The current law relating to arbitration in Thailand is the Arbitration Act, B.E. 2545 (2002) (the “Arbitration Act”), which is closely drafted along the lines of the UNCITRAL Model Law. It establishes a recognized legal framework for independent arbitration proceedings as well as for the enforcement of both domestic and foreign arbitral awards. With commerce acquiring a more sophisticated outlook over the past three decades, the number of litigations in Thai courts of law increased drastically resulting in an ever-burgeoning workload for the judiciary. ADR was encouraged not only in keeping with international trends, but also because protracted litigation proceedings pose a detrimental effect to the growth of the Kingdom’s economy. It was with this rationale in mind that arbitration was statutorily recognized as an ADR method for settling disputes.


Arbitration is a form of alternative dispute resolution (ADR). It is a mechanism invoked by way of an agreement (the “arbitration agreement”) where the parties refer a dispute to one or more third persons (forming the “arbitral tribunal”) for their adjudication, and legally bind themselves to the resulting decision (the “arbitral award”) which can then be brought before a court of law for enforcement.  Arbitration is similar in purpose and arrives at the same end result as litigation, but has several noticeable benefits.

First, it allows the parties to appoint an arbitral tribunal with suitable expertise in the subject of the dispute.  This expertise often exceeds what judges are able to ordinarily provide.

Second, foreign investors are more likely to feel comfortable with arbitration feeling that there is more transparent and with less likelihood of bias or outside considerations (e.g., public policy interests) than with a nation’s court system.

Third, arbitrations typically proceed at a faster pace than litigation.  This is particularly true in those countries where court trials are not continuous but instead conducted with long intervals between hearings.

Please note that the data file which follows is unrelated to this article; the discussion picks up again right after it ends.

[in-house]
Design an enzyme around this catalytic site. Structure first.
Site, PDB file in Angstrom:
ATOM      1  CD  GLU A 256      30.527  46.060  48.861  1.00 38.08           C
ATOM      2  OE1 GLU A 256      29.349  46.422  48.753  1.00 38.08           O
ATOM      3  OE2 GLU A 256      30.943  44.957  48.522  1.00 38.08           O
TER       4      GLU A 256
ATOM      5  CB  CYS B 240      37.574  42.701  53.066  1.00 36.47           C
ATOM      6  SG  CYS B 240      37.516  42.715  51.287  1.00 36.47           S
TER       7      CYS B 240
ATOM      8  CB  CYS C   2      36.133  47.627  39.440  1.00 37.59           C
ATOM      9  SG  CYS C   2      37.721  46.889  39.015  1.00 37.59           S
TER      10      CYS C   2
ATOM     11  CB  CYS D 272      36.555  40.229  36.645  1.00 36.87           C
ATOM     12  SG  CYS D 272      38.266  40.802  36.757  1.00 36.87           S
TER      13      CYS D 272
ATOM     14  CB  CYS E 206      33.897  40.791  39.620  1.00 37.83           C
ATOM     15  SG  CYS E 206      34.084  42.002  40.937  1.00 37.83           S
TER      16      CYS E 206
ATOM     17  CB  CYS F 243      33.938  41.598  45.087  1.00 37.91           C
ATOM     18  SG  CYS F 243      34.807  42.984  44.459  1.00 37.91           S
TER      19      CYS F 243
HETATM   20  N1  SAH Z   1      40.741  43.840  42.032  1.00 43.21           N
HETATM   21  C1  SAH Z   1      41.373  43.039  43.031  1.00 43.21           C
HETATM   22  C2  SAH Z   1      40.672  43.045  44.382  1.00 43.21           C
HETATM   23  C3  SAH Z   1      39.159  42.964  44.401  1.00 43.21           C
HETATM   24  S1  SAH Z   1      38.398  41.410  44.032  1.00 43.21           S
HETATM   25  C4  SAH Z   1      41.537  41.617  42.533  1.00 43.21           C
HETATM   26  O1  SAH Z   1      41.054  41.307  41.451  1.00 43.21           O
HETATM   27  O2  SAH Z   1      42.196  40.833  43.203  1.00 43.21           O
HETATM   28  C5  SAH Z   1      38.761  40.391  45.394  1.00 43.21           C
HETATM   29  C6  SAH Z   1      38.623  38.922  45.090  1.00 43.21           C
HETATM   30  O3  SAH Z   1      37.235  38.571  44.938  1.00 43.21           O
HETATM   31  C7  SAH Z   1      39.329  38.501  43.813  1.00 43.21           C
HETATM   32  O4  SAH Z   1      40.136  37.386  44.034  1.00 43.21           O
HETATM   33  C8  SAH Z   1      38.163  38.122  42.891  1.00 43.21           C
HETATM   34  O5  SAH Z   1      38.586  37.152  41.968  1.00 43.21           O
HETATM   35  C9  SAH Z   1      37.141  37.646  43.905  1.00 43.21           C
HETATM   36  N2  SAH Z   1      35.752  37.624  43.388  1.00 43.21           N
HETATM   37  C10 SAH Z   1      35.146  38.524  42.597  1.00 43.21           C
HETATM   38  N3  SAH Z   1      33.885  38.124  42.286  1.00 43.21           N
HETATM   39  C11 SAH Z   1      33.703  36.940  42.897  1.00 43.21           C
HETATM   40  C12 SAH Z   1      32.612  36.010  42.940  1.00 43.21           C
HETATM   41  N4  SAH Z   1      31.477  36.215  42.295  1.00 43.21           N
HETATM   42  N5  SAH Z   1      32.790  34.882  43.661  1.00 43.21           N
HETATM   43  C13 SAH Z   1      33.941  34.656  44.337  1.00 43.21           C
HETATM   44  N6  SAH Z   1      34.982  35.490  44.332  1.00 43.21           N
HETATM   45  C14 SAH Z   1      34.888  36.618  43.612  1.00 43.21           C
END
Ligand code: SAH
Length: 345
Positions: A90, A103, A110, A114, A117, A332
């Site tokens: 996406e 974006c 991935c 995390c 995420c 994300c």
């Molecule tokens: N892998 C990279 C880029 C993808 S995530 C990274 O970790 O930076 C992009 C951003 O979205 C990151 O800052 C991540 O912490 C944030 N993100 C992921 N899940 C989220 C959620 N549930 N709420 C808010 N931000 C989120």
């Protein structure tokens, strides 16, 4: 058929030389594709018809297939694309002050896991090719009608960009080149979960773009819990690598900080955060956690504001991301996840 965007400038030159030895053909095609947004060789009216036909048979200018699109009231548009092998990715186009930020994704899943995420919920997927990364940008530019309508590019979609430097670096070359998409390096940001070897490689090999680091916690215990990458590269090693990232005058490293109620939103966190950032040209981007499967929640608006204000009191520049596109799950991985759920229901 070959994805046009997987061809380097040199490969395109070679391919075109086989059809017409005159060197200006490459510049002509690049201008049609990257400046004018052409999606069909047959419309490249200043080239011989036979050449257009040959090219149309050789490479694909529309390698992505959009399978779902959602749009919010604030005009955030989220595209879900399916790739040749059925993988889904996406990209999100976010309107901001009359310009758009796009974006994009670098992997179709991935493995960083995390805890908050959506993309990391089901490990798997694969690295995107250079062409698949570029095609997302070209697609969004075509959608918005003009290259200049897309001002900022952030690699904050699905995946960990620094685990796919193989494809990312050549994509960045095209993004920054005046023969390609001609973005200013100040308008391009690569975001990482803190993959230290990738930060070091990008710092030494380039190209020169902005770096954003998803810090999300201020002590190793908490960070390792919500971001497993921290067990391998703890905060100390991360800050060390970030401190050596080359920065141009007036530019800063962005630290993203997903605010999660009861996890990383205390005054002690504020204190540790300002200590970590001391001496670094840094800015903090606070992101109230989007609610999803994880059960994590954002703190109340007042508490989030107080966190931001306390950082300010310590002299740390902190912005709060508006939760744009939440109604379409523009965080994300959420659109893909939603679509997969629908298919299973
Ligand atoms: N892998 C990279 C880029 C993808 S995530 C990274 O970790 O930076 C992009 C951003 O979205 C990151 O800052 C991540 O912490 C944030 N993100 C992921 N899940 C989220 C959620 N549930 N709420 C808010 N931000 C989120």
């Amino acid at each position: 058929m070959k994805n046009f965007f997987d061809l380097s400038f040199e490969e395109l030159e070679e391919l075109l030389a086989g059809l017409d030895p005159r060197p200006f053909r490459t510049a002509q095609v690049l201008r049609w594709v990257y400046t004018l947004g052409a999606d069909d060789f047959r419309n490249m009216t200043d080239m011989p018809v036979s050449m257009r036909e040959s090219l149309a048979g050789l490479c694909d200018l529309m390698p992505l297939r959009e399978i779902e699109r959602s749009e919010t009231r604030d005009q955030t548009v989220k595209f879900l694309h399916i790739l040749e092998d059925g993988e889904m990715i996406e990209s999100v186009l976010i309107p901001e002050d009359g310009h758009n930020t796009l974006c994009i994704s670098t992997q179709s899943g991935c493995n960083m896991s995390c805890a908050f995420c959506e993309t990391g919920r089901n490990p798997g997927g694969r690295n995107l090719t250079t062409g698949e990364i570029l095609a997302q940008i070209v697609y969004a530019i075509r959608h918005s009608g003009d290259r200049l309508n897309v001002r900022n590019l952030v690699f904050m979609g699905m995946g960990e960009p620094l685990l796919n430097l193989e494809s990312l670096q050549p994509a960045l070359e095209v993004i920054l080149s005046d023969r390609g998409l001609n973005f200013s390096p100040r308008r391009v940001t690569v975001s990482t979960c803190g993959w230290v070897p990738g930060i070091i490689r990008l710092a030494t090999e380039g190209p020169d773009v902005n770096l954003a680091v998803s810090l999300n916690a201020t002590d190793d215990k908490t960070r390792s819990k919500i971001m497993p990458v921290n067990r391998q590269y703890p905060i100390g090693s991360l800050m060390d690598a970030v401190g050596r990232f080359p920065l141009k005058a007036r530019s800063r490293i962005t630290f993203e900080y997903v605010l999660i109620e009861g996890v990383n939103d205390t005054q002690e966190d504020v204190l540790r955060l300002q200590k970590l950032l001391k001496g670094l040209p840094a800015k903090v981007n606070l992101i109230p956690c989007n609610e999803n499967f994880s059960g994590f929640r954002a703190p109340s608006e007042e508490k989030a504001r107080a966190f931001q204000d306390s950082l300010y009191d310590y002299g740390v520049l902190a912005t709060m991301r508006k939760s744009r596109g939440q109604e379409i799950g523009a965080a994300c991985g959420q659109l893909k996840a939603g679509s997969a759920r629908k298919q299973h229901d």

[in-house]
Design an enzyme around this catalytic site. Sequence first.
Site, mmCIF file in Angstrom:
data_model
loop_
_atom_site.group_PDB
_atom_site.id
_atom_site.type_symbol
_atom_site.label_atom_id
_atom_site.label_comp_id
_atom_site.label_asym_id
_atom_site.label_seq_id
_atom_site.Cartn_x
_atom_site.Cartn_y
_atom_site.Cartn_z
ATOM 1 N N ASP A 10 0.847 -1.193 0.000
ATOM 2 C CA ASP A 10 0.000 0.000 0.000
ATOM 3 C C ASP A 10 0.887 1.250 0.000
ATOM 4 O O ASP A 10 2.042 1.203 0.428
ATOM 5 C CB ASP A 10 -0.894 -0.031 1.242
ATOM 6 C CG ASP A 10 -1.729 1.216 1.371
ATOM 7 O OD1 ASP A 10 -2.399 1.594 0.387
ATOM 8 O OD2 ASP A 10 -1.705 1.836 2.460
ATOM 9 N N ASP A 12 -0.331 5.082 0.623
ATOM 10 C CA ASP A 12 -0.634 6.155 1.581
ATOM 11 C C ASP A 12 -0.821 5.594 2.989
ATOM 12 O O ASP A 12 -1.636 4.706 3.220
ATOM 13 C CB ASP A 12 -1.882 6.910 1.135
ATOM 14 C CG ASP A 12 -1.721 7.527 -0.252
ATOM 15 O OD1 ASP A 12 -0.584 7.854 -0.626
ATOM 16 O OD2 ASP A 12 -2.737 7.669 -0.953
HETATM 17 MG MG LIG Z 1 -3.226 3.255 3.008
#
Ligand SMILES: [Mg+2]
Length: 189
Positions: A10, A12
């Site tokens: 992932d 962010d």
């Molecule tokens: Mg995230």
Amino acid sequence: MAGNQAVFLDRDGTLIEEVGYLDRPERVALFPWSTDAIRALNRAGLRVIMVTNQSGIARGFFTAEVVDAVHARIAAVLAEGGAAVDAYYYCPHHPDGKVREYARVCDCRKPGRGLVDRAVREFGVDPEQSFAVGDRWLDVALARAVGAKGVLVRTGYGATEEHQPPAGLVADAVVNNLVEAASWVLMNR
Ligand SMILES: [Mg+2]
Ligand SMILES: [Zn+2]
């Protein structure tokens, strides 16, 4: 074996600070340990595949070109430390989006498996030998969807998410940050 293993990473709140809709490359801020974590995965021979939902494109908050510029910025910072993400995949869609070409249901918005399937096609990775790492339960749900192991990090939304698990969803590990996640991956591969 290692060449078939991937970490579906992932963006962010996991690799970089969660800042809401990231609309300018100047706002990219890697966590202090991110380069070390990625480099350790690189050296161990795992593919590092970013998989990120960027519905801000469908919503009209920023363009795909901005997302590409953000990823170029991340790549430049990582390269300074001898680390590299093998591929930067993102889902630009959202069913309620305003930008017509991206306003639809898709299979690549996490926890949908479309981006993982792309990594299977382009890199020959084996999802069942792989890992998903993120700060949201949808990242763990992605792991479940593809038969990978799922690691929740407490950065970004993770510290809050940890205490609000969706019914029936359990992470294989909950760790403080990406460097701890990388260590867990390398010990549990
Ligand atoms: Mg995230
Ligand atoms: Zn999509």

Fourth, arbitration can be used to arrive at awards and decisions (e.g., the decision to award actual attorney fees reasonably incurred) that may otherwise not be available in a jurisdiction (e.g., attorney fees and expenses awarded by Thai courts typically do not exceed THB 60,000) provided the award or decision does not otherwise violate local public policy.

Fifth, arbitration proceedings are a private affair unlike litigation proceedings which can become a matter of public record.

From the context of international commercial transactions, arbitration is often the preferred method of resolving commercial disputes.


In order to constitute a binding agreement under Thai law, Section 11 of the Arbitration Act requires an arbitration agreement to adhere to the following:

  1. Be in writing;
  2. Be signed by the parties; and
  3. Explicitly state the intent of the parties to settle all or certain disputes arising between them relating to a defined legal relationship, whether contractual or not, to arbitration.

Typically, an arbitration agreement may constitute one clause within a larger contract though it can be a separate agreement. An arbitration agreement should offer a bespoke dispute resolution mechanism.

An arbitration agreement should ideally provide for the following:

  1. Condition precedent and Election to Arbitrate (e.g., with stipulations to resolve the dispute in good faith after receipt of written notice of dispute within a fixed number of business days, and an option to unilaterally elect);
  2. Specified procedure for selection and total number of arbitrators;
  3. Applicable procedural rules for arbitration;
  4. Locale of arbitration;
  5. Language of arbitration;
  6. Consolidation and joinder of parties;
  7. Limitation of pre-hearing discovery;[1]
  8. Powers exercised by the arbitrators;[2]
  9. Provision for consecutive hearings;[3]
  • Strict enforcement of contractual terms and adherence to applicable law;[4]
  • Reasoned award.[5]